According to an op-ed published by the Washington Post yesterday, political violence is now almost exclusively a behavior of the Right while the Left has become innocent and docile. The column is totally in keeping with my assertion yesterday that “everything is stupid.” The Orwellian revisionism calls to mind Ronald Reagan’s famous quote: “The trouble with our liberal friends is not that they’re ignorant; it’s just that they know so much that isn’t so.”
Seriously, this is exactly why we can't even have a rational discussion about political violence – because of revisionism like this. https://t.co/ziFMJhpINH
— neontaster (@neontaster) August 19, 2017
Yoav Fromer concedes that there is extremism on the left but from there he wanders into fantasyland.
Extremism on the left is real. It can be seen in attempts to stifle the free speech of conservative speakers on university campuses (as at Middlebury and Berkeley); in the belligerent attitudes toward corporations and capitalism expressed, for instance, by some fringes of the Occupy Wall Street crowd and anti-globalization protesters; and among anti-Zionist movements that peddle conspiracy theories (such as the contention that Jews control U.S. foreign policy) to delegitimize Israel. Yet all of this falls well short of the methodical, organized and strategic violence and incitement embraced by right-wing extremists, whose leaders profess faith in the necessity of the fight. Nothing the left can do today even comes close to that — and hasn’t for decades.
Fromer conveniently neglects to include the race riots that burned for days in Ferguson, MO. Those riots were incited by false left-wing media narratives and gleefully inflamed by left wing politicians including President Obama. Those riots spread to other cities and the movement they spawned has led to the assassination of law enforcement officers. He also ignores thwarted Left wing terror attacks on the GOP convention in 2008.
The column does mention the case of a Bernie Sanders supporter attempting to murder a whole baseball team of Congressional Republicans but dismisses the incident as the work of a “lone wolf.” Then Fromer lists a incidents of alleged Right wing violence and arbitrarily decides that they are part of a large orchestrated movement in which everyone from Randy Weaver to Timothy McVeigh to Dylann Roof to the Charlottesville Nazis are on the same team.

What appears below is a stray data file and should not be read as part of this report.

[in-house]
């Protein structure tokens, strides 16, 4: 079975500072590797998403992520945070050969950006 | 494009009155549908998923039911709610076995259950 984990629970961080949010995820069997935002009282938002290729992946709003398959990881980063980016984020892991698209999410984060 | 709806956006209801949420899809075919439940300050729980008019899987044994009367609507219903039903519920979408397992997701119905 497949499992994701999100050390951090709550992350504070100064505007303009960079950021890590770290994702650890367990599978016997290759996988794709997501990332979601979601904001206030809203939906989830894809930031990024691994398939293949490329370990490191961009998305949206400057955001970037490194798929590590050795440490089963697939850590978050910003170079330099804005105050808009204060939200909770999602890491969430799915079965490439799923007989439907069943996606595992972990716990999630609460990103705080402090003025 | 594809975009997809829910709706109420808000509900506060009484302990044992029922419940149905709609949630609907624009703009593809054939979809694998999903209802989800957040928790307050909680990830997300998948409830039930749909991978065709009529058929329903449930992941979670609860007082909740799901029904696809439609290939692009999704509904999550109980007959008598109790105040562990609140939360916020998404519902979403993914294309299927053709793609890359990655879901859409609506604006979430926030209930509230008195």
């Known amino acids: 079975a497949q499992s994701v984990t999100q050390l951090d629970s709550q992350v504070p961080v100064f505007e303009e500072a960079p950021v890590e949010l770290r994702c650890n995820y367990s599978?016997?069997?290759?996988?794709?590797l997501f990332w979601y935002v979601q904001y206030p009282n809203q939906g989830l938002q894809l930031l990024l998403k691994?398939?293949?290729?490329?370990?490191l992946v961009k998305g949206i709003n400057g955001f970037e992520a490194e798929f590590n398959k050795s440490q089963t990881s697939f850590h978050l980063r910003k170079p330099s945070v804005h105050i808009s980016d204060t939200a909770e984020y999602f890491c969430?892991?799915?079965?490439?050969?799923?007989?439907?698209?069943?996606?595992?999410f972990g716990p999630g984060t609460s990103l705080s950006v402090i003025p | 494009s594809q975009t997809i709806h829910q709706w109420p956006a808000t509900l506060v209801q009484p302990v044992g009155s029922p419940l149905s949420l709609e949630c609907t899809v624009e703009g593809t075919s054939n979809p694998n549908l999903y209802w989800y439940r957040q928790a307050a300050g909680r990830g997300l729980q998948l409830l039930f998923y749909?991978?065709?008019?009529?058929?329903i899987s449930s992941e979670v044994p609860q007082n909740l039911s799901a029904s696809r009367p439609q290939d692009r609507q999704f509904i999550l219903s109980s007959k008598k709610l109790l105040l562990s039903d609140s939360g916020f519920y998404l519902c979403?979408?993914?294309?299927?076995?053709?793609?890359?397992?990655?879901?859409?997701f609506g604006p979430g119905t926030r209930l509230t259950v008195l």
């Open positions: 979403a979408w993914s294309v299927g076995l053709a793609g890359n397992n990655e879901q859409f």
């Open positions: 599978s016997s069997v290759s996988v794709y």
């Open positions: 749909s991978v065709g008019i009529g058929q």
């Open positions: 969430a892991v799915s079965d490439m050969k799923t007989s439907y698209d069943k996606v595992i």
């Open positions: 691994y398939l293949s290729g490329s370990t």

The New Deal helped calm labor-management tensions, but for many younger activists who came of age in the postwar era, violence remained a key strategy — even a way of life. Inspired by the Black Panthers’ embrace of violence for self-defense, and enraged by the escalating war in Vietnam, antiwar protesters from New Left organizations such as Students for a Democratic Society (SDS) sought to “bring the war home” to end the fighting abroad. This concept culminated in the rioting during the 1968 Democratic convention and on university campuses. Radical offshoots including the Weather Underground and the Symbionese Liberation Army took things even further: The former bombed government buildings, and the latter committed homicide, robbery and, famously, kidnapping.
But since the 1960s, left-wing movements in the United States (and in the West writ large) have gradually turned away from violence.
He cites various reasons for why this imaginary turn from violence occurred. The primary reason he can even make the claim that the Left has abandoned violence is that those who sympathized with the radical fringe in the 1960s are now largely in control of the media and culture. Many of them are now in positions of power in our government or are now treated as sane voices. Barack Obama kicked off his political career in the home of an unrepentant Left wing terrorist whom he described as just a “guy from the neighborhood.”
The fringe Left now operates with a facade of legitimacy, in the spirit of Van Jones’ quote, “I’m willing to forego the cheap satisfaction of the radical pose for the deep satisfaction of radical ends.” They are able to do so because they have achieved their “radical ends” in that they dominate the culture which allows them to selectively ignore or explain away the violent “radical poses” still taking place.
This doesn’t mean the left is inherently superior. But it has cleansed itself through a painful process of introspection.
This is only true if “introspection” means self delusion and dishonest historical revisionism.
The “anti-intellectual” label gets pasted on the Right with increasing frequency. It’s a useful cudgel for the Left as well as an excuse to avoid having a real debate about ideas. It’s not intellectualism that the Right opposes though. It’s the pseudo-intellectualism which spawns columns like this one by Fromer. What the Left believes to be intellectualism—or what they deceptively market as intellectualism—is a systematic redefinition of their political leanings as proven fact. Entire new academic disciplines have been created in order to falsely equate Leftist belief with objective knowledge. The Left has not only continued to be physically violent. They’ve expanded their violence to include destruction of language and common sense.
In recent years, rational political discussion has joined the ranks of Bigfoot and Nessie. Many people claim to have seen it but there’s very scant evidence supporting it’s existence. It’s not happening on television or radio, it’s not happening in academia, and it is most certainly not happening in the editorial pages of The Washington Post.